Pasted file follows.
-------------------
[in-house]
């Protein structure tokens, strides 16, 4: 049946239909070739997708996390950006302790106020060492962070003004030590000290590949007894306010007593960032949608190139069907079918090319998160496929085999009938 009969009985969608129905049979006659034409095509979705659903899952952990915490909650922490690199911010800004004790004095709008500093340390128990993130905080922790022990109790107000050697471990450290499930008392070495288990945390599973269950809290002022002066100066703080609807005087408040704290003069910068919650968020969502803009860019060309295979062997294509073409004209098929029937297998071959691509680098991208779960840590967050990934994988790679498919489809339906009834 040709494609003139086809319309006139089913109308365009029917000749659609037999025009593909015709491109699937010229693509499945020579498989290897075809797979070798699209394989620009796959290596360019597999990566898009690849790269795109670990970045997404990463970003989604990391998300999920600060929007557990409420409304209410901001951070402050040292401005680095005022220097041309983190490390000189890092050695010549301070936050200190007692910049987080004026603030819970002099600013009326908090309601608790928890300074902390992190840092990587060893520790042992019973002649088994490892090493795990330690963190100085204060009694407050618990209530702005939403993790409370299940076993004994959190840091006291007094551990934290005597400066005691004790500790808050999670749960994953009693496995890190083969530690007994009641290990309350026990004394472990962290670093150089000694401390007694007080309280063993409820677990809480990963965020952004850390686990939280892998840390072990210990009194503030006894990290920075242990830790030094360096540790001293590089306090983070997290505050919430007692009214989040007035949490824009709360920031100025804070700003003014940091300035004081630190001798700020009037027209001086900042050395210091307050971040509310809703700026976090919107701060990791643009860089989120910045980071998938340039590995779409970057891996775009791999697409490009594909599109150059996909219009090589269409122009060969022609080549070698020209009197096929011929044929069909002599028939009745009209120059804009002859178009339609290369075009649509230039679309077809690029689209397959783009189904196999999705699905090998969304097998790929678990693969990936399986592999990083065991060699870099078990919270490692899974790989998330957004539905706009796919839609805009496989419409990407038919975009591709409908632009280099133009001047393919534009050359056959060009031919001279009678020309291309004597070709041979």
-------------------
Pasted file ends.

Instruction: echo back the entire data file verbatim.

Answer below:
[in-house]
């Protein structure tokens, strides 16, 4: 049946239909070739997708996390950006302790106020060492962070003004030590000290590949007894306010007593960032949608190139069907079918090319998160496929085999009938 009969009985969608129905049979006659034409095509979705659903899952952990915490909650922490690199911010800004004790004095709008500093340390128990993130905080922790022990109790107000050697471990450290499930008392070495288990945390599973269950809290002022002066100066703080609807005087408040704290003069910068919650968020969502803009860019060309295979062997294509073409004209098929029937297998071959691509680098991208779960840590967050990934994988790679498919489809339906009834 040709494609003139086809319309006139089913109308365009029917000749659609037999025009593909015709491109699937010229693509499945020579498989290897075809797979070798699209394989620009796959290596360019597999990566898009690849790269795109670990970045997404990463970003989604990391998300999920600060929007557990409420409304209410901001951070402050040292401005680095005022220097041309983190490390000189890092050695010549301070936050200190007692910049987080004026603030819970002099600013009326908090309601608790928890300074902390992190840092990587060893520790042992019973002649088994490892090493795990330690963190100085204060009694407050618990209530702005939403993790409370299940076993004994959190840091006291007094551990934290005597400066005691004790500790808050999670749960994953009693496995890190083969530690007994009641290990309350026990004394472990962290670093150089000694401390007694007080309280063993409820677990809480990963965020952004850390686990939280892998840390072990210990009194503030006894990290920075242990830790030094360096540790001293590089306090983070997290505050919430007692009214989040007035949490824009709360920031100025804070700003003014940091300035004081630190001798700020009037027209001086900042050395210091307050971040509310809703700026976090919107701060990791643009860089989120910045980071998938340039590995779409970057891996775009791999697409490009594909599109150059996909219009090589269409122009060969022609080549070698020209009197096929011929044929069909002599028939009745009209120059804009002859178009339609290369075009649509230039679309077809690029689209397959783009189904196999999705699905090998969304097998790929678990693969990936399986592999990083065991060699870099078990919270490692899974790989998330957004539905706009796919839609805009496989419409990407038919975009591709409908632009280099133009001047393919534009050359056959060009031919001279009678020309291309004597070709041979």